Saving is generally a good thing. ‘Jesus Saves!’ said the poster in Cullercoats many years ago, and some desperate Toon fan (is there any other sort?) had written underneath ‘but Wyn Davies scores from the rebound.’ Albert Einstein once said, ‘The most powerful force in the universe is compound interest.’ Olde Graveller has no knowledge as to whether Wyn and Albert ever played in the same team.
Anyway, Kate Ashbrook of the Open Spaces Society has penned Saving Open Spaces, a 28-page potted history of, and prospectus for, the Open Spaces Society ‑ 150 years young and still with some of the original members. How many people who use public paths have any knowledge of the long and uphill struggle to get them surveyed and recorded in the first ‘definitive map and statement’, which was started 65 years ago? It took a further 50 years to get a ‘right to roam’ in England and Wales. The definitive map system of recording and protecting public paths is one of the jewels of post-war social legislation; how long until the current crop of barrow-boys, with their neo-con hatred of ‘public service’, pull it down, or flog it off to the French?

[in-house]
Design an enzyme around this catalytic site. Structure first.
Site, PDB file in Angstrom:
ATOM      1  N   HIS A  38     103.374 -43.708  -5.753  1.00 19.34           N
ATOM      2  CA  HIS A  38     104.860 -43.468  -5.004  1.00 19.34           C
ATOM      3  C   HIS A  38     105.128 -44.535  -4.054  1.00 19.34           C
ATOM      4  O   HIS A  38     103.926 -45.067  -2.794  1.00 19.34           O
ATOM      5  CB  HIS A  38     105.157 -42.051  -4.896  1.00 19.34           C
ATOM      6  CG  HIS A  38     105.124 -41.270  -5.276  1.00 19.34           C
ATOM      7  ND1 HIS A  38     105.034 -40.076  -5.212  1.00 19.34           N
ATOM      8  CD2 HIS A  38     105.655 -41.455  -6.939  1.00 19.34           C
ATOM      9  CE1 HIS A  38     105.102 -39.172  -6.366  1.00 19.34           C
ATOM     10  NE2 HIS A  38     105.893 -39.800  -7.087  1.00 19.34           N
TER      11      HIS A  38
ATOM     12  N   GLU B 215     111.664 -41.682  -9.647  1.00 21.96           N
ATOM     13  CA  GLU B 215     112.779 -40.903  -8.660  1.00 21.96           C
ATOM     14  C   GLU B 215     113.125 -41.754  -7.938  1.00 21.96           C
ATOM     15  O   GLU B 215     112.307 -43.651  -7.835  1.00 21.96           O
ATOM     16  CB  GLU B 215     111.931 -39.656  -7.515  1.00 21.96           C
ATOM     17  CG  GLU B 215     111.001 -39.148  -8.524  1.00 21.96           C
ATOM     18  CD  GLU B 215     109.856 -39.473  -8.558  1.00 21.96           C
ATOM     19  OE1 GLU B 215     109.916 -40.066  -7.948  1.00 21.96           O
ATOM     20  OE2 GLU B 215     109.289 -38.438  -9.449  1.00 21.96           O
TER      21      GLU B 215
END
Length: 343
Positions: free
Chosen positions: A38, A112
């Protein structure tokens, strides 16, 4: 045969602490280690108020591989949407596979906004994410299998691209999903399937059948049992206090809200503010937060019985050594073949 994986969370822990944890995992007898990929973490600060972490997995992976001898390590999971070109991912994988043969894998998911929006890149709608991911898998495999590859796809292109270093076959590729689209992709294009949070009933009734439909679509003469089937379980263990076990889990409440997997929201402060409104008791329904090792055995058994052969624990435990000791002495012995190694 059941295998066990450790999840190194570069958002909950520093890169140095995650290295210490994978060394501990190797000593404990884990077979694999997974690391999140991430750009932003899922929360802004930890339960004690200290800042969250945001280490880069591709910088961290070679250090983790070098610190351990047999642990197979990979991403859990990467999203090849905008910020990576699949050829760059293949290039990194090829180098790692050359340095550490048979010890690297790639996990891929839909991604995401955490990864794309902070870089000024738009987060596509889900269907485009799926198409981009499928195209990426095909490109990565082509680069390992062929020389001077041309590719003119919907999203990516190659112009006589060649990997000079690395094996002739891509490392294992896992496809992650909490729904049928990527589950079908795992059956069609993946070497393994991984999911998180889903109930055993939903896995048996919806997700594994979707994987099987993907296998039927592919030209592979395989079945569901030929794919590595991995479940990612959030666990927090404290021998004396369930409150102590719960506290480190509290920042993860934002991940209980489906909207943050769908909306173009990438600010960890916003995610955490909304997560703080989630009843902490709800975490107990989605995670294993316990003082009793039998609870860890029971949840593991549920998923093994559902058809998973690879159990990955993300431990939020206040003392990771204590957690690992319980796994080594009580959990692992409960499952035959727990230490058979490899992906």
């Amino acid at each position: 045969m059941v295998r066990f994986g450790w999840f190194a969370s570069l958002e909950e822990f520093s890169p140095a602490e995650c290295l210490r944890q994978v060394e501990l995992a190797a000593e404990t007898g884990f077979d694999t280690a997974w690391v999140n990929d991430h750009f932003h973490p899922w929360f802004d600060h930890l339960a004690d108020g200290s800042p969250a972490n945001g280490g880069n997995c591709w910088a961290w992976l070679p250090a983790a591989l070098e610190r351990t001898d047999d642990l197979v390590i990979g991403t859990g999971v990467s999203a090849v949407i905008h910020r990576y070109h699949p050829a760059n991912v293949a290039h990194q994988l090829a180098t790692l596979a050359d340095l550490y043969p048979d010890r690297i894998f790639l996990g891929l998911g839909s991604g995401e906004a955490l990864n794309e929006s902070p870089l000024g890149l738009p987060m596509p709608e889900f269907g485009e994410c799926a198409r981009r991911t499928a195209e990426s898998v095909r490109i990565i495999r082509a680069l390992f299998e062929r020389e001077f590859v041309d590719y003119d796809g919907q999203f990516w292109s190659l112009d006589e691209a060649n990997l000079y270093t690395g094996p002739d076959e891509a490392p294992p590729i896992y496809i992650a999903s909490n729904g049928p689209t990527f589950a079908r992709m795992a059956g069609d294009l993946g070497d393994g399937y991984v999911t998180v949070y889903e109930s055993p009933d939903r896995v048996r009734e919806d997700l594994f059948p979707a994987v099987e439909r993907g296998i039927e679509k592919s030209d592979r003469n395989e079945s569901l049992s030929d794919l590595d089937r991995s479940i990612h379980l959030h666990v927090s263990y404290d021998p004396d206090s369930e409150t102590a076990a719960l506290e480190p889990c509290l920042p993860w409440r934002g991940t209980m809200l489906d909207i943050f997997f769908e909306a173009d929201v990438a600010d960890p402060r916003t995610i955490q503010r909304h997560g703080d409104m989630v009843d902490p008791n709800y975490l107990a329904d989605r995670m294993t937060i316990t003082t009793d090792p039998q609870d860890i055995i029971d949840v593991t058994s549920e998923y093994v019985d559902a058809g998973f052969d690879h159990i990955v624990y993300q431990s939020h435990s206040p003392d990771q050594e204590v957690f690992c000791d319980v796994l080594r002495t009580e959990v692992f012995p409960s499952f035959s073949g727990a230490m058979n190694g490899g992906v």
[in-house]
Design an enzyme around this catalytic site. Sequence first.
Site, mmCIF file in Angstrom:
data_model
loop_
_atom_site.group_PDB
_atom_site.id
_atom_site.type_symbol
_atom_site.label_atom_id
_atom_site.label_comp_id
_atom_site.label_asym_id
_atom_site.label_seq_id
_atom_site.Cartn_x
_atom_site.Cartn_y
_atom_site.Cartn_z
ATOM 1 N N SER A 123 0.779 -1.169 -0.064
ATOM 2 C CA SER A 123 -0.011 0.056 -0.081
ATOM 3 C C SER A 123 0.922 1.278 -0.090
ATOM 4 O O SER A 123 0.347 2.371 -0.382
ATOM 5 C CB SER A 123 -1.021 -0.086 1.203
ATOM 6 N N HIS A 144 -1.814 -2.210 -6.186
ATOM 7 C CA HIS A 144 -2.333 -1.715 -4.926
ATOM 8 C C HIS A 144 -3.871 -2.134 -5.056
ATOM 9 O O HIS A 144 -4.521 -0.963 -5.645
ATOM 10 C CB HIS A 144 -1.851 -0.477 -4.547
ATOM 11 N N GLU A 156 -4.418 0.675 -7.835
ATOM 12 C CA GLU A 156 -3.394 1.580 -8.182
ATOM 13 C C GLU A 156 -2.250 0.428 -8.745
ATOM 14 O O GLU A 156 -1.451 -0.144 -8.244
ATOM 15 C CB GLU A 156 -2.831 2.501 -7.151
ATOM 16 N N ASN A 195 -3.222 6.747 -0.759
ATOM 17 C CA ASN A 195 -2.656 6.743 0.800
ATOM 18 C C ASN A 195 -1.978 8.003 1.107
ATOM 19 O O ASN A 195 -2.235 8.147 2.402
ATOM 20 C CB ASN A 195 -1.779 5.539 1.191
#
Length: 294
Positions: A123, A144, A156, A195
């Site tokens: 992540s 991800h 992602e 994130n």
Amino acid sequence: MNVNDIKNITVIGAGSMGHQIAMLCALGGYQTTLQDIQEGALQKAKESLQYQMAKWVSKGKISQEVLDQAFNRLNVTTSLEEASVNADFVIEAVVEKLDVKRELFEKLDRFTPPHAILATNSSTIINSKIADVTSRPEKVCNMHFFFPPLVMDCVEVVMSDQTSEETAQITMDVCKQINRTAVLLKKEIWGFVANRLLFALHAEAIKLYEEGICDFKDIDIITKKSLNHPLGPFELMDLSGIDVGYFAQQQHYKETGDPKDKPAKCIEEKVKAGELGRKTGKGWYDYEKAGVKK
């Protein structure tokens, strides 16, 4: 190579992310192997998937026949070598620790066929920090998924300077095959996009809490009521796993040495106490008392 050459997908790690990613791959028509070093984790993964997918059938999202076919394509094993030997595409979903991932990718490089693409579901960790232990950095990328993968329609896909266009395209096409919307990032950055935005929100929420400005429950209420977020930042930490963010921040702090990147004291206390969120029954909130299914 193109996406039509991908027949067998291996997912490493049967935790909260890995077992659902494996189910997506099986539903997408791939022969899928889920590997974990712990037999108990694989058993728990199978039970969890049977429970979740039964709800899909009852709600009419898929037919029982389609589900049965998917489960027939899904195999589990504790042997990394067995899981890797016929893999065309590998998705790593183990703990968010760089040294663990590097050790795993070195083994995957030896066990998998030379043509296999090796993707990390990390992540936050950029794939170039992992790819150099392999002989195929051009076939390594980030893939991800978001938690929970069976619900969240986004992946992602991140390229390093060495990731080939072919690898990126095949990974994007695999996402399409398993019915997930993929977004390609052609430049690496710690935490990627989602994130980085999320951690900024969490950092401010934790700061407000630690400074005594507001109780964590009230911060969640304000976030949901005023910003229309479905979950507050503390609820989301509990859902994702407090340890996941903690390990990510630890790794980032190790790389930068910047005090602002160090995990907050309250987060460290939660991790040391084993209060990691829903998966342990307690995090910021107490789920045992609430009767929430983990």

It’s a fiver to buy (Google the Open Spaces Society to find ‘publications’) and a pleasure to read.